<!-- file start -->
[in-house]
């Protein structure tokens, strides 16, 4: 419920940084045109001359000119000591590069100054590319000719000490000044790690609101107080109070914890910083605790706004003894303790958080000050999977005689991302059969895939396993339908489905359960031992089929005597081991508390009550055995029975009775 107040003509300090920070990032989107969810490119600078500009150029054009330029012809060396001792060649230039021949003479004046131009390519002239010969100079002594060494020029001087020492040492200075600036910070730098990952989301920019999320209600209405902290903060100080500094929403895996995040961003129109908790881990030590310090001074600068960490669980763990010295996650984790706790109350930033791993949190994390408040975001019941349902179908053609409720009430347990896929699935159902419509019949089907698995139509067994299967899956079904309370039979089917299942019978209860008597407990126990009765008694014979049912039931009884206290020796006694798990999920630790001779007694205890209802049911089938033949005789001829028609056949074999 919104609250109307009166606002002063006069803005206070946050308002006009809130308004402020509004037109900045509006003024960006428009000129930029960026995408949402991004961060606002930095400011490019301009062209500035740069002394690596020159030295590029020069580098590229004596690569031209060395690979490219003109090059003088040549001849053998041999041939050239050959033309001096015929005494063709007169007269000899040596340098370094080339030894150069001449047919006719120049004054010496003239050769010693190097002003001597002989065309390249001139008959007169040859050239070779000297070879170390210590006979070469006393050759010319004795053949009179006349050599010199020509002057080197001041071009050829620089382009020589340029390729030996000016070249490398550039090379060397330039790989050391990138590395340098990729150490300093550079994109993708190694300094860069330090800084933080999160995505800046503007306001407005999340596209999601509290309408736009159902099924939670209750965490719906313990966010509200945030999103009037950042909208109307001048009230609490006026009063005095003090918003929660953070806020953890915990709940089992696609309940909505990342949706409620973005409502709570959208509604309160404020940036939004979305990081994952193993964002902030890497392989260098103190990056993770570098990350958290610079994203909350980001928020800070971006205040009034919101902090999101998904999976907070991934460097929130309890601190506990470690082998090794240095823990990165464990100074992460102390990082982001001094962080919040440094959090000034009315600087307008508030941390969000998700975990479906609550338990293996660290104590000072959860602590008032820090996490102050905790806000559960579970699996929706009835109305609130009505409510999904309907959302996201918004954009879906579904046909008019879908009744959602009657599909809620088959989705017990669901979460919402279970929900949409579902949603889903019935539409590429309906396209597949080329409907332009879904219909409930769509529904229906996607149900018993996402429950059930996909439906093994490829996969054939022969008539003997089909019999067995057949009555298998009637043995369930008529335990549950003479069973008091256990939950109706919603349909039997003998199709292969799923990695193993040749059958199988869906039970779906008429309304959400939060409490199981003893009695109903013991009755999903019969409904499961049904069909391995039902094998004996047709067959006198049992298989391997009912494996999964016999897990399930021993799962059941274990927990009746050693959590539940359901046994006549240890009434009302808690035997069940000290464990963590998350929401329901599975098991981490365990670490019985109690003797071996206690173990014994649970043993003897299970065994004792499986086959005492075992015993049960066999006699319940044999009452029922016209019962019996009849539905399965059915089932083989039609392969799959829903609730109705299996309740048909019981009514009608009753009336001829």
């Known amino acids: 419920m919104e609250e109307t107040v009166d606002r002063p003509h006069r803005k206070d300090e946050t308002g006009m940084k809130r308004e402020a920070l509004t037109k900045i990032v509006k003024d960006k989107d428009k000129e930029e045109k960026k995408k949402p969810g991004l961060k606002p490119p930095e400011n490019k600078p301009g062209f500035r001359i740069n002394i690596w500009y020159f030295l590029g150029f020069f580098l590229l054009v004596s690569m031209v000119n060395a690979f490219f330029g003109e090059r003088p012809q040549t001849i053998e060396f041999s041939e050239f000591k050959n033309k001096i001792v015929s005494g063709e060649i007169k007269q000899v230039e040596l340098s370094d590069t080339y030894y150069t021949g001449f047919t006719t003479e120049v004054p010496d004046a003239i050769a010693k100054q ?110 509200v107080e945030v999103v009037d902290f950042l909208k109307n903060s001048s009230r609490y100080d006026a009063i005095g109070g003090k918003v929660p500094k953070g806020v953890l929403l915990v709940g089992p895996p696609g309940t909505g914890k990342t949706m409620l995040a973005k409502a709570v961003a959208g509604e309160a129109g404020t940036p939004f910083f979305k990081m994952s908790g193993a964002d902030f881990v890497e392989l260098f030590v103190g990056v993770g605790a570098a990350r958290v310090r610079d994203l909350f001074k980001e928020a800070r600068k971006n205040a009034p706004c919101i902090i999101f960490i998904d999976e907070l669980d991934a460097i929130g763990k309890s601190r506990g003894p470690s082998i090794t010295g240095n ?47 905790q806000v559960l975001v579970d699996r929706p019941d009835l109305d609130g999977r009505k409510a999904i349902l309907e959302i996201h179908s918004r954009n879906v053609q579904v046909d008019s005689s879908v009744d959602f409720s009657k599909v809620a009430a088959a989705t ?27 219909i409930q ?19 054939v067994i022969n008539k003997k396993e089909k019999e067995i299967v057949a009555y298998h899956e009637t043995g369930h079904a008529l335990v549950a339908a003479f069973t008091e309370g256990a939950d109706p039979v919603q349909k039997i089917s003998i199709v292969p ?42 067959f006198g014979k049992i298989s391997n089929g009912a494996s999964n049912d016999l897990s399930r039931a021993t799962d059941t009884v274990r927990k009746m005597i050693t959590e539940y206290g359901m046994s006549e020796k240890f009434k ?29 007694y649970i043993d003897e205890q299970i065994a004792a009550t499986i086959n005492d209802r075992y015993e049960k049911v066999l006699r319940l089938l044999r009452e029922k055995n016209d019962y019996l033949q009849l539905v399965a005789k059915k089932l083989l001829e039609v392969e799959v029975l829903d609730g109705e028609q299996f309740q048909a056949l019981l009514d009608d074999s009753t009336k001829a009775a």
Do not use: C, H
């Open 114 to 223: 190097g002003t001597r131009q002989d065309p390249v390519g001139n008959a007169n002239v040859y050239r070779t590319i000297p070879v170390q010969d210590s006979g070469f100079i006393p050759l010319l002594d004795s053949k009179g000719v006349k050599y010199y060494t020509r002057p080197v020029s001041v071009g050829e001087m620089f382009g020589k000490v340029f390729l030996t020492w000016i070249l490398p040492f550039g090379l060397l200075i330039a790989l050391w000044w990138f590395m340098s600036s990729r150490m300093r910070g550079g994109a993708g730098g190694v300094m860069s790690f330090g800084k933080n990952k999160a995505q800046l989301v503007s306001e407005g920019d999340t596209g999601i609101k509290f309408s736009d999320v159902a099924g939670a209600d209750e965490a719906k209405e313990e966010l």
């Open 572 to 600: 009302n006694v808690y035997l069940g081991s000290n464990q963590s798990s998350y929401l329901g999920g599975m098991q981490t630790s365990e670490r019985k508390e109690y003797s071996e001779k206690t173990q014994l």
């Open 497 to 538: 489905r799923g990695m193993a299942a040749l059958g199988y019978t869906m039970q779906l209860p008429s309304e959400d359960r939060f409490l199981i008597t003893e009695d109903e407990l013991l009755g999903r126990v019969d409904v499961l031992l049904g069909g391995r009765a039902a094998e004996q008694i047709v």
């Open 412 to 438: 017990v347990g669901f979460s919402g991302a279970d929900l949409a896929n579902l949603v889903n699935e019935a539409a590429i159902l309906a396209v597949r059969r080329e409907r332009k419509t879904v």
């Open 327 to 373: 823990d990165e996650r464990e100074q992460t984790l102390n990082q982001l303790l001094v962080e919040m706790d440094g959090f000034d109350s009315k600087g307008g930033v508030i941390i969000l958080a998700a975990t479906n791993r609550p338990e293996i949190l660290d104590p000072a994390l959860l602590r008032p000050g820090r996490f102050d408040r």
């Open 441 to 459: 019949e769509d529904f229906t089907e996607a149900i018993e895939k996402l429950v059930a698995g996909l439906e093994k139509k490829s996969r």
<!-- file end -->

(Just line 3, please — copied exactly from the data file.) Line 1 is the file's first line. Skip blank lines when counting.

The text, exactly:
């Known amino acids: 419920m919104e609250e109307t107040v009166d606002r002063p003509h006069r803005k206070d300090e946050t308002g006009m940084k809130r308004e402020a920070l509004t037109k900045i990032v509006k003024d960006k989107d428009k000129e930029e045109k960026k995408k949402p969810g991004l961060k606002p490119p930095e400011n490019k600078p301009g062209f500035r001359i740069n002394i690596w500009y020159f030295l590029g150029f020069f580098l590229l054009v004596s690569m031209v000119n060395a690979f490219f330029g003109e090059r003088p012809q040549t001849i053998e060396f041999s041939e050239f000591k050959n033309k001096i001792v015929s005494g063709e060649i007169k007269q000899v230039e040596l340098s370094d590069t080339y030894y150069t021949g001449f047919t006719t003479e120049v004054p010496d004046a003239i050769a010693k100054q ?110 509200v107080e945030v999103v009037d902290f950042l909208k109307n903060s001048s009230r609490y100080d006026a009063i005095g109070g003090k918003v929660p500094k953070g806020v953890l929403l915990v709940g089992p895996p696609g309940t909505g914890k990342t949706m409620l995040a973005k409502a709570v961003a959208g509604e309160a129109g404020t940036p939004f910083f979305k990081m994952s908790g193993a964002d902030f881990v890497e392989l260098f030590v103190g990056v993770g605790a570098a990350r958290v310090r610079d994203l909350f001074k980001e928020a800070r600068k971006n205040a009034p706004c919101i902090i999101f960490i998904d999976e907070l669980d991934a460097i929130g763990k309890s601190r506990g003894p470690s082998i090794t010295g240095n ?47 905790q806000v559960l975001v579970d699996r929706p019941d009835l109305d609130g999977r009505k409510a999904i349902l309907e959302i996201h179908s918004r954009n879906v053609q579904v046909d008019s005689s879908v009744d959602f409720s009657k599909v809620a009430a088959a989705t ?27 219909i409930q ?19 054939v067994i022969n008539k003997k396993e089909k019999e067995i299967v057949a009555y298998h899956e009637t043995g369930h079904a008529l335990v549950a339908a003479f069973t008091e309370g256990a939950d109706p039979v919603q349909k039997i089917s003998i199709v292969p ?42 067959f006198g014979k049992i298989s391997n089929g009912a494996s999964n049912d016999l897990s399930r039931a021993t799962d059941t009884v274990r927990k009746m005597i050693t959590e539940y206290g359901m046994s006549e020796k240890f009434k ?29 007694y649970i043993d003897e205890q299970i065994a004792a009550t499986i086959n005492d209802r075992y015993e049960k049911v066999l006699r319940l089938l044999r009452e029922k055995n016209d019962y019996l033949q009849l539905v399965a005789k059915k089932l083989l001829e039609v392969e799959v029975l829903d609730g109705e028609q299996f309740q048909a056949l019981l009514d009608d074999s009753t009336k001829a009775a």